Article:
On their new album, the globally renowned artists, the virtuoso violinist Josef Špaček and the distinguished pianist Miroslav Sekera, present Bohuslav Martinů as an astute creator of chamber music and concertos, a composer both international and Czech, widely known and still being discovered alike. The recording includes three pieces for violin and piano, displaying various styles and influences the composer embraced. On the Concerto for Violin, Piano and Orchestra the two soloists are accompanied by the Prague Radio Symphony Orchestra, conducted by Petr Popelka. The album, whose making was supported by the Bohuslav Martinů Foundation, will be released on 8 September 2023 on CD and in digital formats.
“It’s a great advantage for string instrument players that Bohuslav Martinů was a violinist himself. Although being singular in terms of technique and applying his own deep-rooted practices, his pieces are ‘performer-friendly’. When it comes to the Concerto for Violin, Piano and Orchestra, the violin part is particularly challenging. Nevertheless, Martinů evidently knew precisely how far he could go, so as to keep it playable,” Josef Špaček said.
Bohuslav Martinů was a violinist himself, yet the piano colour in many of his symphonic scores is his actual signature. The two instruments are assigned solo roles in the Concerto for Violin, Piano and Orchestra, commissioned by Benno and Sylvia Rabinoff, who duly premiered it in May 1954. Written concurrently with Symphony No. 6 (Fantaisies symphoniques), the magnificent work is hardly ever performed nowadays. Different is the case of Violin Sonata No. 3 (1944), created in the USA too, which has long been a staple of violinists’ repertoires worldwide. Amid the atmosphere of the imminent end of WWII and feeling homesick, Martinů conceived a monument whose duration is that of a symphony, a work teeming with contrastive drama and lyricism, and featuring a Dvořák-like nostalgia, evoking his Czech roots. In comparison with the two “American” works, the Cinq pièces brèves (1930), dating from Martinů’s Paris period, contains far rougher harmonies and piquancy, attesting to a penchant for the Charleston, as well as a propensity to the contrapuntal style.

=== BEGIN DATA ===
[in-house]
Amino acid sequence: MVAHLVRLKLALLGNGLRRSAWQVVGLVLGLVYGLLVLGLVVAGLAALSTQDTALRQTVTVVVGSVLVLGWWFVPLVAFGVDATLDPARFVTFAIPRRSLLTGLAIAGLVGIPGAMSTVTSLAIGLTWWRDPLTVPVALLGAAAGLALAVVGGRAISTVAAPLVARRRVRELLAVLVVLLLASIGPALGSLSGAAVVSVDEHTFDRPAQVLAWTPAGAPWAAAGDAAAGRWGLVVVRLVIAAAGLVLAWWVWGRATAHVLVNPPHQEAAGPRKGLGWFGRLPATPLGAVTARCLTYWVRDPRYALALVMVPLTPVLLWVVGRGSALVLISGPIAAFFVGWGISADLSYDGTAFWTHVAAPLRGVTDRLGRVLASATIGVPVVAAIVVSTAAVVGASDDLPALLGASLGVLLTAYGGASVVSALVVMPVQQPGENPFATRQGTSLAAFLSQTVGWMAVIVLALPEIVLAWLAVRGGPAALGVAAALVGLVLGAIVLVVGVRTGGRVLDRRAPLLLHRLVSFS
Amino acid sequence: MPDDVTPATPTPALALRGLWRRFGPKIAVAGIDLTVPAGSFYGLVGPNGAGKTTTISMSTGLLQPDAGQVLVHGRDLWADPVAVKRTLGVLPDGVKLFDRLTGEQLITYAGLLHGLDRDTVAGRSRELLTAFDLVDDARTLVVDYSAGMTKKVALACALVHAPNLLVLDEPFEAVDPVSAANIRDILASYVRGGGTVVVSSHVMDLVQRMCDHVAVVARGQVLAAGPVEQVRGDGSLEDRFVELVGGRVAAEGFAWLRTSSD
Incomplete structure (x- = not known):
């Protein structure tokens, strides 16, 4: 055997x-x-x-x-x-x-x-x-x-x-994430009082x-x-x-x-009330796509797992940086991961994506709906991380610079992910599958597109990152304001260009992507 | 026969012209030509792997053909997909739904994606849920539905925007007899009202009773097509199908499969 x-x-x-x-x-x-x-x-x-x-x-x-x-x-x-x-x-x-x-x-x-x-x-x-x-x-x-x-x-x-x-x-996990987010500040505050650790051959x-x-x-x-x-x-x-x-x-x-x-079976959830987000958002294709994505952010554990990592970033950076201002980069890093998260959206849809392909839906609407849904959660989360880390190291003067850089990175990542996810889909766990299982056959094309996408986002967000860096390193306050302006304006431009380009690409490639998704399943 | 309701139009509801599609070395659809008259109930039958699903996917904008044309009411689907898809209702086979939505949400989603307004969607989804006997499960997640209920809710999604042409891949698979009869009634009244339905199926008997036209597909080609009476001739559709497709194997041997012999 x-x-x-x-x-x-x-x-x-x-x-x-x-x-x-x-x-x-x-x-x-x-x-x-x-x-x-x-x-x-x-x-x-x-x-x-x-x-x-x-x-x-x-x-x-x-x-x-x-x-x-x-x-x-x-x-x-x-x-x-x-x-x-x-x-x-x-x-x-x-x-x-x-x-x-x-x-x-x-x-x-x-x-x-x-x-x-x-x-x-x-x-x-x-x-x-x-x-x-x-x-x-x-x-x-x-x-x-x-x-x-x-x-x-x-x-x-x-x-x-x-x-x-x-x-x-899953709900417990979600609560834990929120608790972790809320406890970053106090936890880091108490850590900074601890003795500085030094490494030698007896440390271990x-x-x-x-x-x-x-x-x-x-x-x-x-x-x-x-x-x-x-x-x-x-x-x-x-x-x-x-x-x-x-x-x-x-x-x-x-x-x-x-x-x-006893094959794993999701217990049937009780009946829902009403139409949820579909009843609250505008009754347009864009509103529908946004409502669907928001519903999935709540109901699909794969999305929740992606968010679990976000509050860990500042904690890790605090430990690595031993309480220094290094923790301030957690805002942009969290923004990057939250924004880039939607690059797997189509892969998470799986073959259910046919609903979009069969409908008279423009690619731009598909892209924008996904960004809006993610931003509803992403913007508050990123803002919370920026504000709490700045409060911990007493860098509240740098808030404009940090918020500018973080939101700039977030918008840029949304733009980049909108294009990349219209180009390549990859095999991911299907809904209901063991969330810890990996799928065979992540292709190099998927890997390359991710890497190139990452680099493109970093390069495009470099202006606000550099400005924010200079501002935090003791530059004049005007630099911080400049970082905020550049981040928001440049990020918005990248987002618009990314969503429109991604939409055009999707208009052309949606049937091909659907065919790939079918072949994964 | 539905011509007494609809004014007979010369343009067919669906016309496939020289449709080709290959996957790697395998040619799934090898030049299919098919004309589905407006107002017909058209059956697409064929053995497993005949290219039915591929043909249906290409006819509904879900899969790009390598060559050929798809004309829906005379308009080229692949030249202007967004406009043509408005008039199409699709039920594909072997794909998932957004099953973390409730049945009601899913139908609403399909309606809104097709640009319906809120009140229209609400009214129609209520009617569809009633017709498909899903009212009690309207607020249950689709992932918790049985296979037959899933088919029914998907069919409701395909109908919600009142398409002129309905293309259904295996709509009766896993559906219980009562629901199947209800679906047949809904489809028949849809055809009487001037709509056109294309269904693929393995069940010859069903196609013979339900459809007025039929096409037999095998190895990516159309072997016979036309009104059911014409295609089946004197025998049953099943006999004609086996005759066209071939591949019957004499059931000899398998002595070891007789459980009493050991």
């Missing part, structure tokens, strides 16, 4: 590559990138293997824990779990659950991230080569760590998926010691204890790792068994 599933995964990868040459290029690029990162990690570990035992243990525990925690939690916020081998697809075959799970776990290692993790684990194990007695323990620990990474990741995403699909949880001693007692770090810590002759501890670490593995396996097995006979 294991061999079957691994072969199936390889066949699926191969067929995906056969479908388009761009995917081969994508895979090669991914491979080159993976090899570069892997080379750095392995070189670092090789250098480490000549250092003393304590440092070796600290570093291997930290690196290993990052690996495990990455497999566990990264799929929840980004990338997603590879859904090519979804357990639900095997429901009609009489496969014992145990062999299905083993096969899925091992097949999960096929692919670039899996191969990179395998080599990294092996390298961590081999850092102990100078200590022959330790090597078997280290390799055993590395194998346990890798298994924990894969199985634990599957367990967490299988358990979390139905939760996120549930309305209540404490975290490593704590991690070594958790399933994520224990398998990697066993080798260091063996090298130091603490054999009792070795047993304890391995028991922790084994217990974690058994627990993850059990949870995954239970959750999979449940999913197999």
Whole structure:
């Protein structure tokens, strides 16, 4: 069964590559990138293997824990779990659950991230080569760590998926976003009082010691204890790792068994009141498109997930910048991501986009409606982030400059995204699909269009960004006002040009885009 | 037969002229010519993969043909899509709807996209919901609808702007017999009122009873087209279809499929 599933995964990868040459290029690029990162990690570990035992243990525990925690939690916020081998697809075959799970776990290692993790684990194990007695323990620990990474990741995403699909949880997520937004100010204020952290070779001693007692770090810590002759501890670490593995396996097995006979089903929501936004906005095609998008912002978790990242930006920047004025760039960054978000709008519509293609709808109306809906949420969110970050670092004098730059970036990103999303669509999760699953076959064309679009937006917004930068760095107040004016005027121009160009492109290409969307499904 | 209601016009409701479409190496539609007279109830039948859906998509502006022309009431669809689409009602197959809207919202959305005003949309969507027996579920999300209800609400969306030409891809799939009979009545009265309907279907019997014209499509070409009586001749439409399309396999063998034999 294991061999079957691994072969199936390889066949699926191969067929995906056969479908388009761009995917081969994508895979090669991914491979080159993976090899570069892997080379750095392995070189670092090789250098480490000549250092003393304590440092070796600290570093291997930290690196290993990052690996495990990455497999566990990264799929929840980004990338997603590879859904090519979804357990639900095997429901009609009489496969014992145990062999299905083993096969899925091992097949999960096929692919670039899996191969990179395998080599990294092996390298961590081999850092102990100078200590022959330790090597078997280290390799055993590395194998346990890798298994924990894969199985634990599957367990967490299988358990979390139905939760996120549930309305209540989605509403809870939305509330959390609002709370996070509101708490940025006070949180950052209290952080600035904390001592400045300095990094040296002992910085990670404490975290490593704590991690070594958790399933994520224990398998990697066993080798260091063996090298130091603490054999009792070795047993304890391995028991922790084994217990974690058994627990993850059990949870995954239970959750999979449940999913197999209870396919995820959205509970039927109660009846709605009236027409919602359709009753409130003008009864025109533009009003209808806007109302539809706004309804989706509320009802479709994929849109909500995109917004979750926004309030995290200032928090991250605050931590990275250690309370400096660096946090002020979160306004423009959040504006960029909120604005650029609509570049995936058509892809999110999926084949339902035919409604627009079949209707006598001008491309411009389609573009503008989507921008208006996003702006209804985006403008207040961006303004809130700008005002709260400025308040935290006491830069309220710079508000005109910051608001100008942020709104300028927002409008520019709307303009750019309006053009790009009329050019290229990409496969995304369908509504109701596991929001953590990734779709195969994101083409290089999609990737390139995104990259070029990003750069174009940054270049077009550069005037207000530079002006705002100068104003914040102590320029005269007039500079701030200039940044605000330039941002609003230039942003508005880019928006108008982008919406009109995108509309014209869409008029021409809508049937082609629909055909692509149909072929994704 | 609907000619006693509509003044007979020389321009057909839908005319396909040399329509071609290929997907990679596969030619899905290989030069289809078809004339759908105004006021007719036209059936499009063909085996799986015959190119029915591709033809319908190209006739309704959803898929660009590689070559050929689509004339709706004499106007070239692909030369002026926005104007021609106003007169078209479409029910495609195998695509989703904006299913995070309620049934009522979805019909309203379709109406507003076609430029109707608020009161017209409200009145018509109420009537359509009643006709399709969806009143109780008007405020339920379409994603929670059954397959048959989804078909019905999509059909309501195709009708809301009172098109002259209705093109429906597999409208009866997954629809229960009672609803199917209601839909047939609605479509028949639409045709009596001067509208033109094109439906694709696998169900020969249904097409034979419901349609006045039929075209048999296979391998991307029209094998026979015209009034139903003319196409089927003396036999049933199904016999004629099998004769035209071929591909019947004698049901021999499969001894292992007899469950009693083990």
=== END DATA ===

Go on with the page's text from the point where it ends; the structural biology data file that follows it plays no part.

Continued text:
“Working with the Prague Radio Symphony Orchestra and Petr Popelka was amazing! Petr is a prodigious professional, while the orchestra acquitted of their part with aplomb, even though the piece is rarely performed. As regards collaboration with Mirek Sekera, there is no need to comment. Having been musical partners for over a decade, Mirek and I are a well-coordinated tandem,” Špaček added.